Likewise, there is strong fundamental support in the 2900 to 3000 range, even when we stress test our assumptions. Following the market pullback, the S&P 500’s price-to-earnings (P/E) ratio has already fallen from about 19x to 17.5x. Unless US recession risks rise substantially, stocks should find support near a 17x P/E. Using this valuation level and applying a 5% haircut to 12-month forward earnings estimates (from the current level of $179 to $170), to take into account uncertainty on the coronavirus, keeps a floor under the market near 2900.
There is nothing that rules out the market trading to a lower valuation; the S&P 500 traded as low as a 16x P/E as recently as last August as US-China tensions ratcheted up. However, since then, the Federal Reserve has cut interest rates further, and the market is indicating a high probability of another rate cut. Central banks around the globe have also aggressively cut rates, and long-term interest rates remain low, supporting valuations. Plus, in light of the coronavirus, China has indicated it will provide additional stimulus and add liquidity to help contain the economic fallout caused by the outbreak.
Another downside buffer for stocks is the lack of attractive alternatives. As a result of the pullback in stocks, alongside a sharp decline in interest rates over recent weeks, the percentage of S&P 500 stocks with dividend yields above that of the 10-year US Treasury yield has jumped to 64% from 47% at the end of December. This is well above the 30-year average of 18%. Thus, the relative attractiveness of stocks should help cushion the market’s downside, so long as a recession does not become the base case. We still view near-term US recession risks as relatively low. Importantly, stocks have risen on a one-year basis about 85% of the time outside of recession.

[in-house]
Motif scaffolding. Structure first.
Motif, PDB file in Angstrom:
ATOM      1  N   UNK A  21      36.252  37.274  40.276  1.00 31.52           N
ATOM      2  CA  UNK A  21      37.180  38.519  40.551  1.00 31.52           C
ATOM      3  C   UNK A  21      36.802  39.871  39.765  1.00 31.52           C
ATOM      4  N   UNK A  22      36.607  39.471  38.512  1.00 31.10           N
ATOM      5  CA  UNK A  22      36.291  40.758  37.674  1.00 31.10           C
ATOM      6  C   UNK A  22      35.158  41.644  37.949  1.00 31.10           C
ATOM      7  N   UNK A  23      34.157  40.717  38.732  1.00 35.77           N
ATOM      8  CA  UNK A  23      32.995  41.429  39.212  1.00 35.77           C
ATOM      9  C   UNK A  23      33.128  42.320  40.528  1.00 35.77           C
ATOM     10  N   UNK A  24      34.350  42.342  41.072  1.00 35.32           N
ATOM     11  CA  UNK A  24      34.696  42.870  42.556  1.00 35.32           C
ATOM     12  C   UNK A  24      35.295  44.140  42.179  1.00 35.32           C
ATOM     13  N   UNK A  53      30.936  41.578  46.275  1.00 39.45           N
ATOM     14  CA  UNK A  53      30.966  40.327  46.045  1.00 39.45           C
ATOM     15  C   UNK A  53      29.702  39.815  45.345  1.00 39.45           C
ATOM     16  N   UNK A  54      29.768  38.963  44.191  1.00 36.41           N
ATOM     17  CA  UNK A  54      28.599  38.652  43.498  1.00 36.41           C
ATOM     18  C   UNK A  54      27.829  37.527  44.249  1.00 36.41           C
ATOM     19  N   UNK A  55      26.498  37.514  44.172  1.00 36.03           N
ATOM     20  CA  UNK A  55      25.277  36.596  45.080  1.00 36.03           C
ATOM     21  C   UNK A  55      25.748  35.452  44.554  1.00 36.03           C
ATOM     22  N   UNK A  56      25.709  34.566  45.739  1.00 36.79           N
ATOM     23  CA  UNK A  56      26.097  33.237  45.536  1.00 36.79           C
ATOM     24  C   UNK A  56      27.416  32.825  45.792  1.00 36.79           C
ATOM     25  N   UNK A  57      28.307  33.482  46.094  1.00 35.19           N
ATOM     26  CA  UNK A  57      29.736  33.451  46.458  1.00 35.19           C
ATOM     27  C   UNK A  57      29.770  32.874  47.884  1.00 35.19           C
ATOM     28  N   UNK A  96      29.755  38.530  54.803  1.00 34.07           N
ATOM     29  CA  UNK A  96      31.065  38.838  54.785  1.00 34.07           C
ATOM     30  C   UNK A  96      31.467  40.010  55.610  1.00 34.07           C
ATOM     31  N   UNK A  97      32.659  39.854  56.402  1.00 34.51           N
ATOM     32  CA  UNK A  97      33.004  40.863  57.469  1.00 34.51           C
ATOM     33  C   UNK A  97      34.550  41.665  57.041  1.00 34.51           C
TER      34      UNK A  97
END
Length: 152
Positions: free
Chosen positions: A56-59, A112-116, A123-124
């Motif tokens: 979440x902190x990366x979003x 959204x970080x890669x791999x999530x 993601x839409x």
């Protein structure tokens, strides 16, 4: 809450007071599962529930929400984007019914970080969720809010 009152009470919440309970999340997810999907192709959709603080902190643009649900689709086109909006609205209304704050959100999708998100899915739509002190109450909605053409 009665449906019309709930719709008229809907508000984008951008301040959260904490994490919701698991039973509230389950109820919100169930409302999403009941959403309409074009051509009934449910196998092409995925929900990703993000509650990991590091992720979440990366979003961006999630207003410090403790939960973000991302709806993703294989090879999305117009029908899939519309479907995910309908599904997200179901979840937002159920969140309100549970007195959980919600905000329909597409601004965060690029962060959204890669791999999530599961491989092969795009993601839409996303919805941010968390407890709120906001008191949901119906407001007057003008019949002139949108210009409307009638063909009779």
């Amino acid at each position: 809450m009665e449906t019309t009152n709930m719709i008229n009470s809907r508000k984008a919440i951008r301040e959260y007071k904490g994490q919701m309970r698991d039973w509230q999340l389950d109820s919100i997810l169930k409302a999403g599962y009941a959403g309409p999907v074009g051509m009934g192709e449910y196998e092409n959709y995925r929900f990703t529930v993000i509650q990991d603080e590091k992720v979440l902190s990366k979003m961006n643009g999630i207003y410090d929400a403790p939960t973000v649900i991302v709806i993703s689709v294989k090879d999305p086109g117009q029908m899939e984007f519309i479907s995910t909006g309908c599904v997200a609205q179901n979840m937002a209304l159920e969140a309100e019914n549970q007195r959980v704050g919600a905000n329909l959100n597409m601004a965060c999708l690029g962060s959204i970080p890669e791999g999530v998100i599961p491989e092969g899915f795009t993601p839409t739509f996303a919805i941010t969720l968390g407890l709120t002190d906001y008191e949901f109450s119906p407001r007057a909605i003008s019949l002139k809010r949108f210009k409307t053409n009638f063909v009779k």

Outside of price levels, we are watching several indicators to signal that the market has become more oversold, or stretched to the downside, as well as gauges of investor fear. While we are not quite at wash out levels, fear is quickly creeping back into the market. This is a positive from a contrarian standpoint.

Bottom Line

While much uncertainty remains on the coronavirus, some of our near-term market concerns are starting to be alleviated as price, valuation and sentiment are reset. The risk/reward is beginning to improve. Our best estimate is that the market’s downside should be contained at about 5%-7% from current levels. However, what’s still missing is the time element. Thus, investors should be braced for wide swings in both directions in the days and weeks to follow.

We are still viewing the current action within the context of a bull market. We will continue to monitor the situation, and update any shifts to our base case, if necessary. Even though this pullback has been fierce, it’s not necessarily unusual following the sharp gains we had seen or in the context of this bull market. Such pullbacks, while always uncomfortable, are the admission price to the stock market and participating in the potential for higher returns over time.